Speaking of Silence (On Internet Radio)

Rabbi Rami

Rabbi Rami

One of the great paradoxes of being a writer (and speaker) on contemplative spirituality is that I essentially use words to invite people into a wordless place. Ah, sweet irony.

And  while that is usually a matter of writing, I love to speak about silence as well. Today (September 18, 2013) I am going to be on Rabbi Rami Shapiro‘s How to be a Holy Rascal internet radio show. Hope you can tune in. The show will be broadcast live at 11 AM Central time (Noon Eastern time, 10 AM Mountain time, 9 AM Pacific time), and to hear it, just visit this link: www.unity.fm/program/howtobeaholyrascal and click on the “Listen Now” button. I know we will be talking about contemplation and mysticism, but I suspect we will also explore interspirituality and the thorny question of the relationship between religion and spirituality.

Since it will be a live broadcast, you can also call in if you have a question for Rabbi Rami or me. Call 888.55.UNITY (888-558-6489) any time while the show is on (11 AM – Noon Central time).

If you miss the live broadcast, a link to a recording of the show will be posted probably by tomorrow. Once I have that link, I’ll post it to my Twitter feed.

David Dault

David Dault

And speaking of recorded interviews, I invite you to take some time to listen to my two-part interview on David Dault‘s Things Not Seen Radio. This pre-recorded interview looks at contemplative spirituality primarily from a Christian perspective although we do discuss my interfaith wanderings as well. Here are links to the two parts of the interview:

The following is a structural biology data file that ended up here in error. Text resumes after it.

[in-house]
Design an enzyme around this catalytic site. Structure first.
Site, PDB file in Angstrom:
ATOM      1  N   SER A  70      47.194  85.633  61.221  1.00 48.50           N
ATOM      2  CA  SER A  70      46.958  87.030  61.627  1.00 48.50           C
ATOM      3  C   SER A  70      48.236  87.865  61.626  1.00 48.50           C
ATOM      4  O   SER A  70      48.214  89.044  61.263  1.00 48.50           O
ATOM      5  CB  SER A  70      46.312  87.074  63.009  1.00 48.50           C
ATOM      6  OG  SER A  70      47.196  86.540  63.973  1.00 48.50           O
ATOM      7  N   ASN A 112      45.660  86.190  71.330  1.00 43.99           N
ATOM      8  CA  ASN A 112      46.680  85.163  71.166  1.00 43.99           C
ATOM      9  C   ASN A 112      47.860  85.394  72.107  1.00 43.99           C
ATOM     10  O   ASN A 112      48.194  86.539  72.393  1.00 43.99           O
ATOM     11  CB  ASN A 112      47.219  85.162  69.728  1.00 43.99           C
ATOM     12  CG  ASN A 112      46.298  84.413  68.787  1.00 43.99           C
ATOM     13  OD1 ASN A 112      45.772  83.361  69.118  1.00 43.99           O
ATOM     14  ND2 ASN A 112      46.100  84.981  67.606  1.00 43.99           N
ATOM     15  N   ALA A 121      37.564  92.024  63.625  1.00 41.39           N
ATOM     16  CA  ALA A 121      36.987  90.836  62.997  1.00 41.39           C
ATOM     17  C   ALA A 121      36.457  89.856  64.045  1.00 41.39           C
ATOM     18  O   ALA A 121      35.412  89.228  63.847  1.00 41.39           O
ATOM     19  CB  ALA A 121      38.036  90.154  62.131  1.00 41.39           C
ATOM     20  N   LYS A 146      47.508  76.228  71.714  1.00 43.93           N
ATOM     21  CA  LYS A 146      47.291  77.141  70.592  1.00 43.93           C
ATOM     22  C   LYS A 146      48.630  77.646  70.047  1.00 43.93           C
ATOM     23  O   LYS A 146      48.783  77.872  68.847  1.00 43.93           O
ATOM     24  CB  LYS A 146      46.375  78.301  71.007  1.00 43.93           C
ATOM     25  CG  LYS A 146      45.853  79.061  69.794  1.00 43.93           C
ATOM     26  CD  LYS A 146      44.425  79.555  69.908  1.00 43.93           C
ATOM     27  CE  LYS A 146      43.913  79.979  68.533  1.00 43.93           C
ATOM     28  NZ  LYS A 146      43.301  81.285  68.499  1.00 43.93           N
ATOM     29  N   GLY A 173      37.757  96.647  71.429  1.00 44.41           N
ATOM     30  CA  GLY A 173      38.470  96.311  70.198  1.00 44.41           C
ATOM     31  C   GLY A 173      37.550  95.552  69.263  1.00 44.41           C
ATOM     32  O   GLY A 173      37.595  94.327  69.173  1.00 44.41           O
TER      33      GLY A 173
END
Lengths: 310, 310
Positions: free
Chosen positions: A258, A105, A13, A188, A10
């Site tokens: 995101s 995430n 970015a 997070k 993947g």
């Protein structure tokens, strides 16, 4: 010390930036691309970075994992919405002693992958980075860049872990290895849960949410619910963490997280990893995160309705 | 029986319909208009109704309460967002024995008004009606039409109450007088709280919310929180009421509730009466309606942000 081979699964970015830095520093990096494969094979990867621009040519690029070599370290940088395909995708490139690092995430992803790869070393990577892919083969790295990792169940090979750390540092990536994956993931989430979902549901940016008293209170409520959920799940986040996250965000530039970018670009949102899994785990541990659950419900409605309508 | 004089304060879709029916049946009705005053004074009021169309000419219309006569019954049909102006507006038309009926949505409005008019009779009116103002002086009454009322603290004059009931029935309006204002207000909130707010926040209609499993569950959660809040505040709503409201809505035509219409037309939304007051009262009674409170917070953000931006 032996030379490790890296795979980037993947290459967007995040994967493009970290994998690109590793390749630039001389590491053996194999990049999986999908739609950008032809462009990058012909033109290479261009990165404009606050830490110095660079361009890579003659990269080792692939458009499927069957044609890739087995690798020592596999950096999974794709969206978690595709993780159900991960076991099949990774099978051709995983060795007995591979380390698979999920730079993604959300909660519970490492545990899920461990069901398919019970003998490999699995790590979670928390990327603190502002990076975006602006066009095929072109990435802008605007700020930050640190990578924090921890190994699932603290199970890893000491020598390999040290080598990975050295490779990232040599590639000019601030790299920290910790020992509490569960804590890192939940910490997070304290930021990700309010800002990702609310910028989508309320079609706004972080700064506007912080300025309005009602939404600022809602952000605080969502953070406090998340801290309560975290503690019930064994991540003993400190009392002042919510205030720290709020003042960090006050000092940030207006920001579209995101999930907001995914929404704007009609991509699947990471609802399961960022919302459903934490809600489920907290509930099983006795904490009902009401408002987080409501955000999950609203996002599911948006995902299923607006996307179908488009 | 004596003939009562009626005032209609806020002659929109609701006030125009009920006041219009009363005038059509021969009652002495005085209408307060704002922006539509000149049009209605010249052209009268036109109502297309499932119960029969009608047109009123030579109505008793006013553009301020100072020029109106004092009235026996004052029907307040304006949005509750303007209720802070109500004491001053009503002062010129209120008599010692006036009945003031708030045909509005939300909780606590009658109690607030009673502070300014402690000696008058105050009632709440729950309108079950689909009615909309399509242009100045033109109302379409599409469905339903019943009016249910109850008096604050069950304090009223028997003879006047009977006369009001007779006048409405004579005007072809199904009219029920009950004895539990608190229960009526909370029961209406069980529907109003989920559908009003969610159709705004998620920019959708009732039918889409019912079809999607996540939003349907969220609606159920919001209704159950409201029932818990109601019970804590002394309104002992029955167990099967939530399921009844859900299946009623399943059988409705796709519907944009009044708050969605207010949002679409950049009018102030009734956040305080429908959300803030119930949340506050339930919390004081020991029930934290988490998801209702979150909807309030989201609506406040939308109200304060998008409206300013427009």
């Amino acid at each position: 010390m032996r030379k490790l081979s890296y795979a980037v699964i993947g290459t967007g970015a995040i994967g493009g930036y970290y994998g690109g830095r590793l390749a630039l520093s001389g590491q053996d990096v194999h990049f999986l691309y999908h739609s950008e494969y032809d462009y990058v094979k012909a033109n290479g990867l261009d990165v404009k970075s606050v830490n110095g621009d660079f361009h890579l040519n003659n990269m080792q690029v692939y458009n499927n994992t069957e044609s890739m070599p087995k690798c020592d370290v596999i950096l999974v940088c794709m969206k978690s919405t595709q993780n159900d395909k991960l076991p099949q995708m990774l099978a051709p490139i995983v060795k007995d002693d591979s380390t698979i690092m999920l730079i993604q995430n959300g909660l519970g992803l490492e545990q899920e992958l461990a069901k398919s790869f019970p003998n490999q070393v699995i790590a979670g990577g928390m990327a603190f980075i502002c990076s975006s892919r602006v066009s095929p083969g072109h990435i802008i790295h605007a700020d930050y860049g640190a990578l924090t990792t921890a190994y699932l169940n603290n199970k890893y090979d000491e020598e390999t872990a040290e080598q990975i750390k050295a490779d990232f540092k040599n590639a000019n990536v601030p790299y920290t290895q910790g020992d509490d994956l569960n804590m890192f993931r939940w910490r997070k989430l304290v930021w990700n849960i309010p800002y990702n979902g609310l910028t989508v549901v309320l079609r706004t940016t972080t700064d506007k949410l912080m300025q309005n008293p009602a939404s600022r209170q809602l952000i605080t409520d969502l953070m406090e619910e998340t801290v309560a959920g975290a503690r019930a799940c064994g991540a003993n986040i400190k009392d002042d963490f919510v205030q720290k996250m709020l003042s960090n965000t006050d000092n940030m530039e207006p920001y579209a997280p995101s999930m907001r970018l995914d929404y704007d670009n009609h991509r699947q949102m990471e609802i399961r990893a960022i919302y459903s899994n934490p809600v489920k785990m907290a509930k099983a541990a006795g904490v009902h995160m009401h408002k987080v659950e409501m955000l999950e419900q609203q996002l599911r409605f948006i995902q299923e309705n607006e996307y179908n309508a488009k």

So happy listening (and call in today, if you can!)

  • http://interfaithandspirituality.blogspot.com/ Gareth Young

    I have been meaning to comment on the “spirituality versus/and religion” points you have been raising, and the idea of spirituality without religion. This is incredibly complex stuff, and I fear it is a space in which it is really easy for folk to go astray without realizing it. Yes, spirituality without religion is possible, but to live in thius way requires a level of spiritual maturity that in my experience is hard to achieve without having had a serious communal spiritual practice, which I believe is hard to achieve without grounding in the forms, traditions, rituals and community strength of a religious practice. In other words, organized religion provides the starter-kit which enables one to graduate and move into more spirituality, less religion. I have been really experiencing this in an interesting way as I first observed Ramadan, and more recently the Jewish High Holy Days http://interfaithandspirituality.blogspot.com/.

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